Calm and composed

David De Gea has seen off the competition provided by Anders Lindegaard and at international level he is threatening to displace Iker Casillas as Spain’s number one. By Paul Hirst.

Adapting to the demands of English football can be tough for any new arrival in the Premier League but being a goalkeeper adds to the pressure.

David de Gea knows all about that and admits he considered leaving Manchester United a couple of years ago, but he is glad he opted to stay.

De Gea walked away from Old Trafford recently with a big smile on his face after playing a crucial role in United’s 2-1 win over Everton.

The Spanish shot-stopper earned glowing reviews for the way he acrobatically denied Leon Osman and Bryan Oviedo, as well as Leighton Baines, who saw his previously impeccable penalty record vanish thanks to De Gea’s right-hand save.

“It was probably one of my best performances for Manchester United. I was really happy about that,” De Gea said. “Games like that help your confidence grow.”

Rewind three years and De Gea could barely muster a smile. His dream GBP18million move from Atletico Madrid immediately turned into a nightmare when he was blamed for both goals in United’s narrow Community Shield win over Manchester City.

Worse was to come in the course of his first six months at Old Trafford. Errors against Basle and Benfica quickened United’s early exit from the Champions League while domestically, De Gea cost United points against West Brom and Blackburn among others.

De Gea was struggling to bulk up to help him cope with the demands of playing in the Premier League and, understandably for a 20-year-old, he was finding the move away from his family to a foreign country extremely difficult.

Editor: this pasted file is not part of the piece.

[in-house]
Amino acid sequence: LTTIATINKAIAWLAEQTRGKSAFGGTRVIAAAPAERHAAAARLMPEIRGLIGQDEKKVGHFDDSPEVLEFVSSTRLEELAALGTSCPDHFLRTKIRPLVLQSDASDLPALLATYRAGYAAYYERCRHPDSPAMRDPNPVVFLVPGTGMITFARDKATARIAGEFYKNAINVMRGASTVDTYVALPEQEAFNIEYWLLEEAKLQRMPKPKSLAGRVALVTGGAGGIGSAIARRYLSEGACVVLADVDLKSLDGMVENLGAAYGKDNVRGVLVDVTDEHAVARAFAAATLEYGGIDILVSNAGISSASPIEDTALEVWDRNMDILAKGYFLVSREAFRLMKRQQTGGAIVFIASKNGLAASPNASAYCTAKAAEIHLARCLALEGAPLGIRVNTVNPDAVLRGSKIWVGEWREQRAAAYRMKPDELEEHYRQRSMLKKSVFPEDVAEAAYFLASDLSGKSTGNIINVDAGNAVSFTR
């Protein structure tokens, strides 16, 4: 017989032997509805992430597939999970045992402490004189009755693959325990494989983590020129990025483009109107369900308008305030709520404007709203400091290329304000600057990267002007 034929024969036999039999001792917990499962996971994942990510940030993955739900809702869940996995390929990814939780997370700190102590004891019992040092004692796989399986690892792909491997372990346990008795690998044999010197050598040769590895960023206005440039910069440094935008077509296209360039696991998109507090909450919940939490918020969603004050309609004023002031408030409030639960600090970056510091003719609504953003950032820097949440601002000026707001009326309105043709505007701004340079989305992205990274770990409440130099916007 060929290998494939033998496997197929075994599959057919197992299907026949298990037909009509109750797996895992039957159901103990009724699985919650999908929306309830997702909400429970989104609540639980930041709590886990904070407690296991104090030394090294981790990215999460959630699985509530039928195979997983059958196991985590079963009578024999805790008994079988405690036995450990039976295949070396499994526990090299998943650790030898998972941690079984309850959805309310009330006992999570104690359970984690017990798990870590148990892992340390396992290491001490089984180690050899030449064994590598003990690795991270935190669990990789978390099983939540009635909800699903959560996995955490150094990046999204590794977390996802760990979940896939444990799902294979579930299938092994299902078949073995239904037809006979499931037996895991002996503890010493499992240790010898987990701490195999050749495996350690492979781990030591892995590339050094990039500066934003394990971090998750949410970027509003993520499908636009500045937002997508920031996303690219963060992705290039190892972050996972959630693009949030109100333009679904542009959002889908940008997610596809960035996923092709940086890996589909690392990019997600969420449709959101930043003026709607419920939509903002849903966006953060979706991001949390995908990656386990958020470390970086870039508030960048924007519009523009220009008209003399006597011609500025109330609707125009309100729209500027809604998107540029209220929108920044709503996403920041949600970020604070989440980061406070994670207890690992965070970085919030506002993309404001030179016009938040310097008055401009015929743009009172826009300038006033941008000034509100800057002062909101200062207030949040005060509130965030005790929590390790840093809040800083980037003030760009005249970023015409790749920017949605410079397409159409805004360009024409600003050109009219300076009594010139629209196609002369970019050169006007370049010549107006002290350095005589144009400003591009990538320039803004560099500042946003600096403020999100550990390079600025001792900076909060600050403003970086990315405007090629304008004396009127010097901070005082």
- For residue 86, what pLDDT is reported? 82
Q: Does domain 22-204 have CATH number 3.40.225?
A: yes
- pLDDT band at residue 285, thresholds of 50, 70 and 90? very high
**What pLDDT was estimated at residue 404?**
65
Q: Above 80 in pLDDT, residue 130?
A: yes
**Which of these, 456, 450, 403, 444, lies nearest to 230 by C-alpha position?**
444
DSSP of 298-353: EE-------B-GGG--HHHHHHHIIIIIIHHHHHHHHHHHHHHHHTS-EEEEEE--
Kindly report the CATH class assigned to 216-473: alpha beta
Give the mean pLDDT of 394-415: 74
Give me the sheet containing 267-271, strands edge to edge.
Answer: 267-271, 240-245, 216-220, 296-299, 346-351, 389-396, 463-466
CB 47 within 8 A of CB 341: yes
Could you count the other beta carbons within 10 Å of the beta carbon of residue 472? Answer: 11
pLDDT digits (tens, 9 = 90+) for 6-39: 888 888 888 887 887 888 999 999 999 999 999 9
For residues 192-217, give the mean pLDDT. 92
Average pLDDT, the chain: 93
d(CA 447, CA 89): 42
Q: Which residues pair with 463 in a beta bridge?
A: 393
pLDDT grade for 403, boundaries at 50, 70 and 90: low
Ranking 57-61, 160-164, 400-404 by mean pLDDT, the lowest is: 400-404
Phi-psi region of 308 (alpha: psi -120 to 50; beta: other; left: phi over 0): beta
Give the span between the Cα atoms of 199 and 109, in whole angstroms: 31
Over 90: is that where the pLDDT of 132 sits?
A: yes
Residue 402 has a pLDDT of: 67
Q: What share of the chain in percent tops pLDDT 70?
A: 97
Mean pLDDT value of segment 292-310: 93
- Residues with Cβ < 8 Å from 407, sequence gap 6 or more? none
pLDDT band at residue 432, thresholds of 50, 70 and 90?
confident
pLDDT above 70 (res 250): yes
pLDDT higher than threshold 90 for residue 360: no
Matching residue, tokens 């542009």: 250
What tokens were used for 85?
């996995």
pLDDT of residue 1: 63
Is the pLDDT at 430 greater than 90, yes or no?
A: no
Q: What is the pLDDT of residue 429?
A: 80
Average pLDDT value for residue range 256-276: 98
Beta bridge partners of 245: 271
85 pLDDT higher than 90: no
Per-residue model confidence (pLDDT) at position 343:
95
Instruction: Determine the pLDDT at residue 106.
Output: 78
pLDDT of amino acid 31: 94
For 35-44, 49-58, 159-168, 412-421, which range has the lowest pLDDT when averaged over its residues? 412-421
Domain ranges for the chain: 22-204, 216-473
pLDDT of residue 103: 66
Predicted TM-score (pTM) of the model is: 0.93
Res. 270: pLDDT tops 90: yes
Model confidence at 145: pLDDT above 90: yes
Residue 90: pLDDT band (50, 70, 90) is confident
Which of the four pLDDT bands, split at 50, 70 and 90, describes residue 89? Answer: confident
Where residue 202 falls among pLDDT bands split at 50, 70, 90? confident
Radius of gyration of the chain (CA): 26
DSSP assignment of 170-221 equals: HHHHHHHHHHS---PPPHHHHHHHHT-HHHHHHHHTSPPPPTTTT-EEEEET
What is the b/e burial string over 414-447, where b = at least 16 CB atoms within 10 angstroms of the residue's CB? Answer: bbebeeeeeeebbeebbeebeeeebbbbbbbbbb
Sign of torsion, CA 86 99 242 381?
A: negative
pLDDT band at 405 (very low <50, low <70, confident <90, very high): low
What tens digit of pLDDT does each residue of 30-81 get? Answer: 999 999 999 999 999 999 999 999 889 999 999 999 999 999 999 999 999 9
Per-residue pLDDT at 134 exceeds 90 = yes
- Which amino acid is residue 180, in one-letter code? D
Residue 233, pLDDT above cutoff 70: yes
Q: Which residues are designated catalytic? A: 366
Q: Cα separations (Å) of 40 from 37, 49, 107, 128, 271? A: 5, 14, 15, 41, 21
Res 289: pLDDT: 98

At times, the pressure proved too intense for the young goalkeeper, who had played less than two years’ worth of first-team football before he moved to Manchester.

“Sometimes,” De Gea said, when asked whether he ever thought about leaving. “It's difficult when you get a lot of criticism like I did. But I kept strong and I always tried to remain positive.

“Those early days were difficult for me and my family. But when you play for a big club like Manchester United (being criticised) is normal when you don't play well.”

Although he does not remember the early days of his fledgling career fondly, De Gea is glad he went through the experience as he feels it toughened him up and made him the goalkeeper he is today.

“What happened at the start helped me be the player and man I am now,” he said. “When you have bad moments you have to improve. You have to become stronger to deal with them and I believe I have become stronger. I am much better now.”

Although he is not completely error-free — last season’s Capital One Cup clanger against Sunderland proved as much — De Gea has improved immeasurably since those opening six months.

He has seen off the competition provided by Anders Lindegaard and at international level De Gea is threatening to displace Iker Casillas as Spain’s number one.

De Gea credits Frans Hoek, the goalkeeper coach brought in by Louis van Gaal this summer, as one of the men responsible for his upturn in form.

“Frans Hoek has helped me a lot,” said De Gea, whose distribution has improved just as much as his shot-stopping. “We are working on trying to start moves from the goalkeeper. I think I’m playing the best football of my career. Now I’m ready for everything.”

After such an extensive overhaul of players in the summer, De Gea is now one of the more experienced members of the first-team squad.

Van Gaal will be looking to the Spaniard to provide leadership for the team, particularly now that old heads at the back like Rio Ferdinand, Patrice Evra and Nemanja Vidic have gone.

And fortunately for the Dutchman, he is now well placed to do so.

© PA Sport